Wall Street Bets $50M on Kensho’s A.I. Investing Tools
As artificial intelligence begins creeping into virtually every industry, it makes sense that Wall Street would be one of the first places where it makes an impact—there’s a ton of data to crunch, and money to be made if software can help make better decisions more quickly.
Kensho Technologies is one of the startups gaining traction with A.I. technologies for the finance sector. And Wall Street is pouring a lot of money into the Boston-area company.
The round was led by S&P Global, which also announced a partnership with Kensho that involves collaborating on products. Other investors in the round reportedly include six big banks: Goldman Sachs, JPMorgan Chase, Bank of America Merrill Lynch, Morgan Stanley, Citigroup, and Wells Fargo.
Kensho previously raised at least $47.8 million in equity funding, SEC filings show.
The startup was founded by Daniel Nadler (its CEO) in 2013, while he was pursuing a PhD at Harvard University. Kensho’s staff includes veterans of Apple, Google, Facebook, and academia, according to the company’s website.
Kensho says its machine learning software can comb through huge amounts of data to find correlations between world events and the resulting effects on publicly traded stocks and other financial assets. The company’s first product was an intelligent virtual assistant dubbed Warren, which was designed to enable investors to perform research using natural-language queries. For example, “What happens to the share prices of energy companies when oil trades above $100 a barrel and political unrest has recently occurred in the Middle East?” The idea was to create a Siri for finance professionals.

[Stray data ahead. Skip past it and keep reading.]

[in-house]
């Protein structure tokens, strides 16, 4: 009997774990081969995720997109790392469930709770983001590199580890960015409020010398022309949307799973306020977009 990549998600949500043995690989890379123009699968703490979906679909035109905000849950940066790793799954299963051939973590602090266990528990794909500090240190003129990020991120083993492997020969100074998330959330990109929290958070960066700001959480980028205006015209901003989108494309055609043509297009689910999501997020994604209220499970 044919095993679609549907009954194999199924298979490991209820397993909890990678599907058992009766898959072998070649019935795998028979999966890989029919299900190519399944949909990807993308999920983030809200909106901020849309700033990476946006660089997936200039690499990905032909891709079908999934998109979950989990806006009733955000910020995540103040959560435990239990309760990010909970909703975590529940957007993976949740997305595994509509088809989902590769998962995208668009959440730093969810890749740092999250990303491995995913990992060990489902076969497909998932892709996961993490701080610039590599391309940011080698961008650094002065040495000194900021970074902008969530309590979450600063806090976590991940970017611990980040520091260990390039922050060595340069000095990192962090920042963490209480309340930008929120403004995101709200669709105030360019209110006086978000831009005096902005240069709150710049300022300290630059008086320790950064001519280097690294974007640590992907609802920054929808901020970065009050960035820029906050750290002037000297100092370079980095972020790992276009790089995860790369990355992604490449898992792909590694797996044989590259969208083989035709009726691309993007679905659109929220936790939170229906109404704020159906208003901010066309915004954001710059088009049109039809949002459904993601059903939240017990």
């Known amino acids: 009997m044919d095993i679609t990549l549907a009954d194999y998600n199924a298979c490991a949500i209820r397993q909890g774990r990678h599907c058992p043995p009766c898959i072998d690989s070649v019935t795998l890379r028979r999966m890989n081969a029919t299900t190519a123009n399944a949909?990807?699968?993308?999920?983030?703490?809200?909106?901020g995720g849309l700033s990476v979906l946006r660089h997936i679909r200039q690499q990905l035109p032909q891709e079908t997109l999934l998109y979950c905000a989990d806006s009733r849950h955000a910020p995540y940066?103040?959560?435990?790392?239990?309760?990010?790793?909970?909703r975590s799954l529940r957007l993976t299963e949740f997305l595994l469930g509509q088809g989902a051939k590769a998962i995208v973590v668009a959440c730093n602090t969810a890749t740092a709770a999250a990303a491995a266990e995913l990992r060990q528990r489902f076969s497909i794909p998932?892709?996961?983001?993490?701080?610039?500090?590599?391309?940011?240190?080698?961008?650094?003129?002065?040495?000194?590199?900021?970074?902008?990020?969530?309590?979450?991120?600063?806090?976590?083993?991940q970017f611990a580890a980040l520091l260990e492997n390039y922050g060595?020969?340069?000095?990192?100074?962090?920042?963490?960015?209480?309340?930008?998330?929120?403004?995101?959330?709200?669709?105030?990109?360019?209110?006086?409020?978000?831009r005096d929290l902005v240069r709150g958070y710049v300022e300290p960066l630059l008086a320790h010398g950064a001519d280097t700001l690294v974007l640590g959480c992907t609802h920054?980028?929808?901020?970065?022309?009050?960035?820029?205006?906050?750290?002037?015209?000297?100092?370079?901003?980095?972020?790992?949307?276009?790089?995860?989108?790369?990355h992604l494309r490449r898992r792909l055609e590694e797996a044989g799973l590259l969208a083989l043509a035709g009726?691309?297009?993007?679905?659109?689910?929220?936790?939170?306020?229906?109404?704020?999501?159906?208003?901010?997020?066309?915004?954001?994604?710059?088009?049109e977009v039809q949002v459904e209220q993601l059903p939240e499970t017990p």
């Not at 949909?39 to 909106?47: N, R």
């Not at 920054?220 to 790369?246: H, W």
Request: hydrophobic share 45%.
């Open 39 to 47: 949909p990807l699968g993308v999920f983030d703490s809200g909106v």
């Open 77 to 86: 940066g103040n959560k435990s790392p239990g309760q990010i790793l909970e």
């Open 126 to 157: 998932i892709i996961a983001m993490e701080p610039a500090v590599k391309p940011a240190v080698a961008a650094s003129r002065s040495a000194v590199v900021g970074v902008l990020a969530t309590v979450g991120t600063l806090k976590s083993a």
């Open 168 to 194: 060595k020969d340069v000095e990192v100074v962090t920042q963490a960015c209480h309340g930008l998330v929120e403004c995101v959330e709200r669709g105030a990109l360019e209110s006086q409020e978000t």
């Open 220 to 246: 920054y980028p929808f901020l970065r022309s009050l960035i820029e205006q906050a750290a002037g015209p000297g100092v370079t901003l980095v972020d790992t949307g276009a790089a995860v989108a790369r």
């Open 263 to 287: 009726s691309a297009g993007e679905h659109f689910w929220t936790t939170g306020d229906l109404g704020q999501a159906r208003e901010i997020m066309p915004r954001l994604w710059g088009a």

Kensho has dropped the name “Warren” in its marketing materials, but it still offers “user-friendly analytics platforms and tools,” as well as products that help customers visualize data.
The startup is profitable, Nadler told Forbes. Kensho says its customers include big global banks and investment firms. Its website also lists a national security division, although visitors can’t click through to find more information.
Kensho employs around 80 people, 50 of whom are based in its Cambridge, MA, office, the Business Journal reported. Kensho also has offices in New York and just outside of Washington, DC.
Plenty of startups are developing A.I. products for the financial industry. Clinc, a University of Michigan spinout, has created something similar to Kensho’s Warren, but for consumers. Clinc’s Finie is a voice-controlled, automated personal financial assistant that can perform banking tasks and provide financial insights based on info from a user’s bank account.
Back in Boston, Cinch Financial is developing A.I.-related tools to help people make smarter financial decisions. And Quantopian’s software enables people to develop and test algorithms aimed at making better investment choices than humans.